Fight or flight is a common response to a threat or danger. Your brain triggers these actions to protect you.
You might push and shove if a stranger grabs you. Or you might sprint out of the way of an oncoming car.
Sometimes a threat can cause you to freeze instead of fighting or fleeing. If you’ve ever been unable to move to protect yourself or call for help, you may have experienced tonic immobility, aka trauma-induced paralysis.
Tonic immobility is a trauma response. It’s an involuntary inability to move or even speak.
If you encounter a traumatic situation, you might freeze briefly before defending yourself or trying to escape.
But if you stay frozen and can’t react, you may be experiencing what is called tonic immobility or trauma-induced paralysis.
Freezing and tonic immobility are both responses to trauma. Since they have similar characteristics, you might hear the terms used interchangeably. But freezing and tonic immobility are different.
Freezing occurs at the first encounter with the threat, and tonic immobility is the threat-induced paralysis that leaves you unable to take action.
Tonic immobility is a part of the human defense cascade, according to research from 2015. This includes:
- Arousal: the first awareness of a threat
- Fight or flight: an active response
- Freeze: a short delay before fight or flight
- Tonic immobility (paralysis) and collapsed immobility (fainting): the response when the threat is inescapable
- Quiescent immobility: rest and recovery
In animals, tonic immobility activates on contact with a predator. The immobility is to calm the predator’s killing reflex. It can also discourage the predator from eating the prey since carnivorous animals usually prefer live food.
In humans, tonic immobility can occur as a defense reaction to extreme fear.
Tonic immobility is a common response during a sexual assault. In a
They found that 70% of the females reported experiencing significant tonic immobility, and 48% reported tonic immobility that was “extreme.”
The study also found that tonic immobility was associated with post-traumatic stress disorder (PTSD) and depression 6 months after the assault.
Research from 2016 shows that extreme tonic immobility is more common in people who’ve experienced:
- sexual violence
- emotional abuse in childhood
- traumas related to war
If you’ve experienced a similar trauma more than once, it’s possible to skip the flight, fight, and freeze response and go directly from a state of arousal into tonic immobility.
There’s more than one way to manage PTSD from a trauma that’s caused tonic immobility. If you find the approach you’ve tried hasn’t helped, there are other options to consider.
Common trauma treatments include:
- Cognitive behavioral therapy (CBT): identifying and changing distressing thought patterns
- Prolonged exposure therapy (PE): confronting triggers in a safe, supportive environment
- Eye movement desensitization and reprocessing (EMDR): reprocessing stressful memories
Trauma-informed mindfulness may also help. If you’re interested in trying this approach, it’s recommended that you work with a trauma-informed mindfulness teacher who can help you create a safe environment to manage your trigger exposure.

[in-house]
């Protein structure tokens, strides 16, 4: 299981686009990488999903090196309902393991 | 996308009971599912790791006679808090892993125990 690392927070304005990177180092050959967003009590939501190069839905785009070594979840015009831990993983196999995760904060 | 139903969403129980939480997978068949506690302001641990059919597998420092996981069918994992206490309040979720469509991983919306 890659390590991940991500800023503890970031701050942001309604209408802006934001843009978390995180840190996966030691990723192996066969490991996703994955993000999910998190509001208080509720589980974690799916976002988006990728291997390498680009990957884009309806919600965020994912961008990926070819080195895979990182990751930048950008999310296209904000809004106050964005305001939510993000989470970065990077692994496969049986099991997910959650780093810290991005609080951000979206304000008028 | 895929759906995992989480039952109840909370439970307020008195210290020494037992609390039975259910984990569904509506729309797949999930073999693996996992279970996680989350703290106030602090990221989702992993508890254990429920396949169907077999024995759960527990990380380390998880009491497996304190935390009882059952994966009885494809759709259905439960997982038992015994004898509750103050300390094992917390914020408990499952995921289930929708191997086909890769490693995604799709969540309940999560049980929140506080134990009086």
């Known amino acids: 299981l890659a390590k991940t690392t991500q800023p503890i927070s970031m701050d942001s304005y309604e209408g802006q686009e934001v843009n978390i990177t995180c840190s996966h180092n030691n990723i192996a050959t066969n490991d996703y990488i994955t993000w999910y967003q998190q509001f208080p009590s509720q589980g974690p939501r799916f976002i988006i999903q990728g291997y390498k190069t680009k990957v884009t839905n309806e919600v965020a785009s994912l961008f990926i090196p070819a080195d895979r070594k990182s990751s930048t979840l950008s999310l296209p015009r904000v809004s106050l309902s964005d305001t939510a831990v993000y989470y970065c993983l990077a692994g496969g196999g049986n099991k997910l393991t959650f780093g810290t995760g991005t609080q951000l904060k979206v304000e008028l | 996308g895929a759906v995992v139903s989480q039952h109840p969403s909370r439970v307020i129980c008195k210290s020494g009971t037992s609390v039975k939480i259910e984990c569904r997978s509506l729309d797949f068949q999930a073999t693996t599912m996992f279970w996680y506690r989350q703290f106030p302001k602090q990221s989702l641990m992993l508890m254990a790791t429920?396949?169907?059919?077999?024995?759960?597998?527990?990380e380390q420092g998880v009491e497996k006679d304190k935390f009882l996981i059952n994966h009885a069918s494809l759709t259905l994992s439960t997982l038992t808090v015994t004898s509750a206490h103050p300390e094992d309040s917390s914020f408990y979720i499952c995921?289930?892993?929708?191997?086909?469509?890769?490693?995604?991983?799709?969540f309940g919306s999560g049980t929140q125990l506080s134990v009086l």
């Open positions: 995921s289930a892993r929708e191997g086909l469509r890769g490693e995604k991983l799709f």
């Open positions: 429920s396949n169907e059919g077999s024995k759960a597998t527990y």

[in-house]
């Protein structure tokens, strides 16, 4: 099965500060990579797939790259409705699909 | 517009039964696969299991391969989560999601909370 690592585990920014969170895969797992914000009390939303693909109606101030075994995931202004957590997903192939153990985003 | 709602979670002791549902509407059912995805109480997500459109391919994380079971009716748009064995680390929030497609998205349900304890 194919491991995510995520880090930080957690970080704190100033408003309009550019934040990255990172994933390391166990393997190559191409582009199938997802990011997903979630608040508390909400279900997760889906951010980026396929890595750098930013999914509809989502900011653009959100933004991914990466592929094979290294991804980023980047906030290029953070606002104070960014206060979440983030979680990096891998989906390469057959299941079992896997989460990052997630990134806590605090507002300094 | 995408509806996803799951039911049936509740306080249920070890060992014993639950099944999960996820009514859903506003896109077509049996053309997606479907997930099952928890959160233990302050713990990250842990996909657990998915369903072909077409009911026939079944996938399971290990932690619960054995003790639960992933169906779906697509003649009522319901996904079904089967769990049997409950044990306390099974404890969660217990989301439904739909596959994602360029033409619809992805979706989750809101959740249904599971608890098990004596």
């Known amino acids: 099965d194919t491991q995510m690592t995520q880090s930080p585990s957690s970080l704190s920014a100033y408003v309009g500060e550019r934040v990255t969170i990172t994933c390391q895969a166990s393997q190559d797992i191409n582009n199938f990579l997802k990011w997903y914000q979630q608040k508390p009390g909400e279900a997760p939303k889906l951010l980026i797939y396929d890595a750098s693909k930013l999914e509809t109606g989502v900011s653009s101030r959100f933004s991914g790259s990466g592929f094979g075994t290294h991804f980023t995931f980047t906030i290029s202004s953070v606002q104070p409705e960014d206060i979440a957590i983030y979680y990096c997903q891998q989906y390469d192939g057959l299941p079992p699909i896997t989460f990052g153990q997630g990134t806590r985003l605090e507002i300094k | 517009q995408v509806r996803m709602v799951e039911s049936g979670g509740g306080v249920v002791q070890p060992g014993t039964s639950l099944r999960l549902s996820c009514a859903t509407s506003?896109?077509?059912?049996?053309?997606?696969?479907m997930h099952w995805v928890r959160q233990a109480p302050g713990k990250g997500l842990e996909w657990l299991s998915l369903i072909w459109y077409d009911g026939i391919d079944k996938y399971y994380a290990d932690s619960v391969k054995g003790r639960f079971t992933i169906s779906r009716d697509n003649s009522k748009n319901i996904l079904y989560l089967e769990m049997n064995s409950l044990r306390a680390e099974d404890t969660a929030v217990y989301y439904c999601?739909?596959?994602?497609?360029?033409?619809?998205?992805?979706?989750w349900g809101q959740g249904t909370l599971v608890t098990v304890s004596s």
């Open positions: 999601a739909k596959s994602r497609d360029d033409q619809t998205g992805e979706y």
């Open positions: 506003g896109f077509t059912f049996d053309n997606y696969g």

Another option to investigate is tonic immobility psychoeducation (TIP), studied in a 2021 clinical trial.
Psychoeducation is useful for a range of mental and physical health conditions. It teaches you about the issue you’re living with to aid in your understanding and validate your experience.
Self-care between therapy sessions can also help. Restorative sleep, nutrition, exercise, and nurturing social connections are examples of areas you may be able to improve.
If you’ve experienced tonic immobility during or following trauma and live with post-traumatic stress disorder as a result, it’s a good idea to consider seeking some mental health support.
You might feel reluctant to seek help because you’re concerned about how others might perceive your tonic immobility trauma response. You might worry they’ll think you should have done something rather than stayed immobile.
It’s crucial to remember that tonic immobility is an involuntary reaction. You didn’t choose passivity, and it’s not the same thing as consent.
Instead, your nervous system set in motion a series of signals and hormones that left you unable to move or speak, even though you wanted the trauma to stop.
You don’t have to question or blame yourself for your reaction. You can feel empowered to seek help if you think you need it.
If you’re not sure how to find support, browsing through some resource options is one way to start.
Psych Central has some pages you might find helpful:
- Finding a Path Through Trauma
- finding a therapist and support
- mental health resources
- affordability options for therapy
The U.S. Department of Veterans Affairs has a Get Help page for people living with PTSD.
The National Sexual Violence Resource Center has a comprehensive list of online communities offering support and help.
Healthline also offers a list of online PTSD support groups.
Tonic immobility is a trauma response that occurs when your nervous system decides it’s unsafe to fight or flee. It’s common among survivors of sexual violence.
Tonic immobility isn’t a choice, and it doesn’t imply consent. Trauma-induced paralysis isn’t something you’ve “done wrong.” It’s a natural reflex.
There’s a connection between tonic immobility and PTSD. Treatment can help, so it’s crucial to reach out for support if you think you need it.